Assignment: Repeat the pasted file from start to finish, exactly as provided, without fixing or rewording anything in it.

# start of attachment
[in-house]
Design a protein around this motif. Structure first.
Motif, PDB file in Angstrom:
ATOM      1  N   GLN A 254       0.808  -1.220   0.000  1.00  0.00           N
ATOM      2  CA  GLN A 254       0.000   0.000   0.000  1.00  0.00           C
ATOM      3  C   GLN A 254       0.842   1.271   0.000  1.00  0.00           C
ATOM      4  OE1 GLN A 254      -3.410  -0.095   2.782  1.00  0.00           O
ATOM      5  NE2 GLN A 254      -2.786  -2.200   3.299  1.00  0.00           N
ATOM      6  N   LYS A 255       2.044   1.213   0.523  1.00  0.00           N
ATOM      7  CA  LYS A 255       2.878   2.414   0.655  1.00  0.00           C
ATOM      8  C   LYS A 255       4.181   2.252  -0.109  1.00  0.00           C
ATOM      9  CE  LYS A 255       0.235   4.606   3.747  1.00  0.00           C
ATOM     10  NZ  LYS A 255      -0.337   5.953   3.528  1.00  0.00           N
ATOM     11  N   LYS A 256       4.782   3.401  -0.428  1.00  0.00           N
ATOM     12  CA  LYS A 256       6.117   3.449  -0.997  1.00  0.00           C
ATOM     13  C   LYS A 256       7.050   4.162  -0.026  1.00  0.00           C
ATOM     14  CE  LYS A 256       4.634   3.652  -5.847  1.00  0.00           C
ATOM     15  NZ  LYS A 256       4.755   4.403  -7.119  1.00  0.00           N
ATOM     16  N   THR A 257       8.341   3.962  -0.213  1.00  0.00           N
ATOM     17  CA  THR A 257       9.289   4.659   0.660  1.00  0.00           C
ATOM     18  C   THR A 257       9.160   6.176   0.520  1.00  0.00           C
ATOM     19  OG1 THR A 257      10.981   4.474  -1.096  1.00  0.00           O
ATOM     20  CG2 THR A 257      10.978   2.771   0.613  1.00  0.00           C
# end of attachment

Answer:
[in-house]
Design a protein around this motif. Structure first.
Motif, PDB file in Angstrom:
ATOM      1  N   GLN A 254       0.808  -1.220   0.000  1.00  0.00           N
ATOM      2  CA  GLN A 254       0.000   0.000   0.000  1.00  0.00           C
ATOM      3  C   GLN A 254       0.842   1.271   0.000  1.00  0.00           C
ATOM      4  OE1 GLN A 254      -3.410  -0.095   2.782  1.00  0.00           O
ATOM      5  NE2 GLN A 254      -2.786  -2.200   3.299  1.00  0.00           N
ATOM      6  N   LYS A 255       2.044   1.213   0.523  1.00  0.00           N
ATOM      7  CA  LYS A 255       2.878   2.414   0.655  1.00  0.00           C
ATOM      8  C   LYS A 255       4.181   2.252  -0.109  1.00  0.00           C
ATOM      9  CE  LYS A 255       0.235   4.606   3.747  1.00  0.00           C
ATOM     10  NZ  LYS A 255      -0.337   5.953   3.528  1.00  0.00           N
ATOM     11  N   LYS A 256       4.782   3.401  -0.428  1.00  0.00           N
ATOM     12  CA  LYS A 256       6.117   3.449  -0.997  1.00  0.00           C
ATOM     13  C   LYS A 256       7.050   4.162  -0.026  1.00  0.00           C
ATOM     14  CE  LYS A 256       4.634   3.652  -5.847  1.00  0.00           C
ATOM     15  NZ  LYS A 256       4.755   4.403  -7.119  1.00  0.00           N
ATOM     16  N   THR A 257       8.341   3.962  -0.213  1.00  0.00           N
ATOM     17  CA  THR A 257       9.289   4.659   0.660  1.00  0.00           C
ATOM     18  C   THR A 257       9.160   6.176   0.520  1.00  0.00           C
ATOM     19  OG1 THR A 257      10.981   4.474  -1.096  1.00  0.00           O
ATOM     20  CG2 THR A 257      10.978   2.771   0.613  1.00  0.00           C